But, fundamentally, choosing against a life-sustaining measure because it is unduly burdensome or futile with the foreseeable consequence of an earlier death is not the same thing as declining or discontinuing care to directly facilitate dying. The former is a choice for a different kind of life, however long it lasts, and the latter is a choice for death.
The Charlie Gard matter has captured Pope Francis’s attention because it appears to be a case in which the British government is preventing the child’s parents from seeking to provide him with experimental medical care, on the grounds that it is not in Charlie’s “best interests” to continue living in a brain-damaged state.
In the UK courts’ judgment, even though he is not imminently dying, Charlie Gard’s quality of life will be so poor as a cognitively disabled person that it is better to withdraw his life support for the purpose of ending his life. If the proposed therapy fails to reverse his brain injuries, the UK court has made it clear that it does not offer a meaningful “benefit” to Charlie. The only action in his “best interests” is to take steps meant to end the life that is no longer a benefit to him.
It would seem that Pope Francis objects to the state usurping the role of the parents to determine their child’s best interests. They want to keep fighting for Charlie and appear not to regard his disability as a warrant to discontinue life-sustaining measures. Notice the disagreement between Charlie’s parents and Pope Francis’s conception of “futility” and “medical benefit” (based on Charlie’s current needs) versus that of the UK government (based on Charlie’s quality of life).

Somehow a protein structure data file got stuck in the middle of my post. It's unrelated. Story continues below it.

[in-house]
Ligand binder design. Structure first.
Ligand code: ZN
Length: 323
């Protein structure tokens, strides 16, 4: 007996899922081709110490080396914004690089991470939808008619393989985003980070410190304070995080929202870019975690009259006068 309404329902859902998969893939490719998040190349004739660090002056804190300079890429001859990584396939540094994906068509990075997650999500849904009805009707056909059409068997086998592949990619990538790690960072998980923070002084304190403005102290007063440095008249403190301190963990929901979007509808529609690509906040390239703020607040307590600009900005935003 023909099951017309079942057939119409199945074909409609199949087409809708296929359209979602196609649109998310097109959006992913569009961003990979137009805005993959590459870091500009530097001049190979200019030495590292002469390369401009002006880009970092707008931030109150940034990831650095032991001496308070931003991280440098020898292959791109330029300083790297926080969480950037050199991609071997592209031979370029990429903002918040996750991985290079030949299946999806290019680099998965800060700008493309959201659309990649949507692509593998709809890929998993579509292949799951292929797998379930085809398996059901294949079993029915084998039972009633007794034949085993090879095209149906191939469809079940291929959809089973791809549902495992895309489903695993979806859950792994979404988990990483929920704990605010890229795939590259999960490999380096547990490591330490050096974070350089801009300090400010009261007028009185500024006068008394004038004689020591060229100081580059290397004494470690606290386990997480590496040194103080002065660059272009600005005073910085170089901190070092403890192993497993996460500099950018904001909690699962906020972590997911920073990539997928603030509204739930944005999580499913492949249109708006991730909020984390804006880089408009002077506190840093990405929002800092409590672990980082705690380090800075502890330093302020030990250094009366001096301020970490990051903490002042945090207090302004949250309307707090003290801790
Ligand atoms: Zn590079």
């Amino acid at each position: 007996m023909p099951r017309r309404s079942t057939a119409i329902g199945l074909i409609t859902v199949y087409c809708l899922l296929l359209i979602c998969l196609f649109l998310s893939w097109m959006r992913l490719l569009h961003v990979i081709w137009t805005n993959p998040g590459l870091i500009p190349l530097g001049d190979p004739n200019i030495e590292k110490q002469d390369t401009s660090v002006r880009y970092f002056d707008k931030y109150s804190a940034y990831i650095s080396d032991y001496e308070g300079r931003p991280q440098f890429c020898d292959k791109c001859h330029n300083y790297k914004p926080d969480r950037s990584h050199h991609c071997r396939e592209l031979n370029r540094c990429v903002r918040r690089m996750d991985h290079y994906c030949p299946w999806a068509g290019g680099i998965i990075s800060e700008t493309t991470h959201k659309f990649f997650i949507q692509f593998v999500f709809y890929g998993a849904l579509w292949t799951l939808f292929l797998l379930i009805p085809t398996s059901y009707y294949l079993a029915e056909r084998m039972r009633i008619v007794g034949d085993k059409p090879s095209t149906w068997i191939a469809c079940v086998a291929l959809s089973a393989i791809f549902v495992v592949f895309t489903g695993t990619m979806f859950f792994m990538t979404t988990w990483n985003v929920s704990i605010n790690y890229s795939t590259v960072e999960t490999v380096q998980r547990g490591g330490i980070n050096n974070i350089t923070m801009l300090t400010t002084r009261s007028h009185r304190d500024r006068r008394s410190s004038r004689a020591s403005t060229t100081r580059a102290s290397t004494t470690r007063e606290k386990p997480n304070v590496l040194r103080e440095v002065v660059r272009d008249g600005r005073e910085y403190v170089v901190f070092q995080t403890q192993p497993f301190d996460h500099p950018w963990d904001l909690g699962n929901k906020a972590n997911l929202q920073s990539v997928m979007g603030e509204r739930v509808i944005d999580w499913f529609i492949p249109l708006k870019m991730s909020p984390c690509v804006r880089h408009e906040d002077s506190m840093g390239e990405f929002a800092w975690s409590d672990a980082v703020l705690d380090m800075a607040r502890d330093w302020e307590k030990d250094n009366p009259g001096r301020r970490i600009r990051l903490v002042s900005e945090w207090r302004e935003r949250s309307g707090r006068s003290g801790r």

Pope Francis and Charlie’s parents seek to care for and comfort the patient the child now is, despite his perhaps permanently diminished state. Medical interventions that comfort or improve Charlie’s condition are seen as beneficial, even if they cannot restore his brain function to a preferred level.
By contrast, the UK government and the hospital do not recognize any measure as beneficial that fails to give Charlie their idealized standard of cognitive function. Since they seem convinced that nothing can restore such functioning, the only “beneficial” intervention is to terminate Charlie’s life-sustaining measures and for him to die.
Pope Francis believes, along with Charlie’s parents, that Charlie’s life — and all life — is worth fighting for, regardless of the presence of disability.
So long as there is a medical intervention available that is not unduly burdensome and will benefit the patient that Charlie is (not who we would wish him to be), we should do our best to see that Charlie and patients like him receive it. And, most importantly, we should always resist the temptation to terminate life-sustaining measures because of our judgment that the disabled patient’s life is no longer worth living.
O. Carter Snead is a fellow at the Ethics and Public Policy Center, the director of the Center for Ethics and Culture, and a professor of law at the University of Notre Dame. The views expressed in this commentary are his.